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three who can read and write. But in England and Wales, taken upon an average, we find out of 14,000,000, nearly 7,000,000, that is nearly one in every two, who receive education. Is it not likely, is it not certain, that the most educated people will set the highest value on the acquisitions of knowledge? (Hear, hear!) Is not this clear, is not this incontrovertible? (Hear, hear, hear!) Sir, I say, that that which happens in France will happen in a greater degree in England, and that the honourable gentleman is as wrong in his conclusions as he was violent in announcing them.” (Loud cheers.) “ Those were very sensible remarks.” “ Yes, yes, he gave it him well,” say two old Whig gentlemen, on the third of the treasury benches. Yet never was there such stuff, such miserable twopenny halfpenny twaddle! Never was man more completely wrong than the orator whom we will paint triumphing, if you please, in his success—never was man so wrong. And why? For the best and shortest and simplest and most incontrovertible of all reasons—because he was wrong; because the people of England, though there are more of them who read and write than there are of the people of France, have not, and will not, and cannot have, for long years to come, that love for letters and the arts, that respect for men of science and letters, which the French have, and which the French had—when, in calligraphy and orthography, they were many times more ignorant than they are at present.

It is folly to talk of reading and writing being alone sufficient to prevent crime. It is folly to imagine that reading and writing will necessarily open men's minds, in an extraordinary degree, to the perception of the elegant and to a sense of the beautiful and the sublime. It will do this to a certain degree; but people do not perceive that there will be other and preexistent causes, which will influence the tastes, and the feelings, and the judgment, which writing and reading are calculated to produce—and that history, and society, and conquest, and even geographical position, all exercise as great an influence upon the knowledge derived from writing and reading as the mere knowledge of writing and reading exercises upon the mind itself. They do not see this ; neither do they see that writing and reading form but a small part of the education of the man who also sees, and bears, and acts. No, nor do they even re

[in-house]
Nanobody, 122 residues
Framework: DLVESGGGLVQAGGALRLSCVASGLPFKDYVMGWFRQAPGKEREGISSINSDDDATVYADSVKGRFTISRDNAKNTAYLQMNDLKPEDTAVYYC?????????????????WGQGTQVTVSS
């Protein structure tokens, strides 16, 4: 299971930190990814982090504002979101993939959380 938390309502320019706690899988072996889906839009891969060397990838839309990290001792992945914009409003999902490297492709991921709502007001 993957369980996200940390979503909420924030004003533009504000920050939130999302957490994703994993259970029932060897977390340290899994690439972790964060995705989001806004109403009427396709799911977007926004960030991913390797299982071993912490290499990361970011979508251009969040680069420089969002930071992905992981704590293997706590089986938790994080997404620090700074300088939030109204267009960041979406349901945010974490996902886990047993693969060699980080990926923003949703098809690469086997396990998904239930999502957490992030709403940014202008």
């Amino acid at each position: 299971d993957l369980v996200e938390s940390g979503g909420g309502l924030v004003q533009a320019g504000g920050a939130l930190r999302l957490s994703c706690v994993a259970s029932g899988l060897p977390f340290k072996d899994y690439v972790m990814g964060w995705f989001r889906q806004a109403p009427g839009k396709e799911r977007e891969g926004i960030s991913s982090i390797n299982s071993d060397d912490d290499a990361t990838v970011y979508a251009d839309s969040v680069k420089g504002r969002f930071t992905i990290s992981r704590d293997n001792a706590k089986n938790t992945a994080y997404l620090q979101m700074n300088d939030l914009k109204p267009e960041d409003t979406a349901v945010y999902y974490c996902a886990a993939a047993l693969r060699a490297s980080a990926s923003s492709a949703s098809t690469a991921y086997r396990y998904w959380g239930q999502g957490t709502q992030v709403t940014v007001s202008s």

cognize that the natural perceptions of some men, and of some races of men, are quicker, and keener, and more acute, than others—more likely to be acted upon by what pleases the senses than by what excites the mind-more likely to be affected by the beautiful than by the useful, by the showy than by the solid. That there are two countries, in each of which a certain number of the people read and write—proves what? That in these two countries this certain number do write and read. It proves this—it proves nothing more than this—unless you can show that in every other respect the people in the two countries are alike. If the French have an ardent passion for literature, a vast respect for men of letters, it is from a long series of facts, from a long train of events, as well as from a peculiar disposition with which these events and these facts naturally coincide. Here is a passion, here is a respect, which an increase of education, a spread of knowledge, will tend to increase and spread; because to that education and to that knowledge an impulse has been already given-because the feelings originally existed in a small circle, which are therefore naturally extended, as that small circle extends, into a large one.

When Louis the Fourteenth said to Racine, “ What man do you think the greatest glory to my reign ?” and Racine answered, “ Molière"—there was no free press, no national education, none of those vast and noisy engines at work, by which we produce from the minds of the masses what is called public opinion.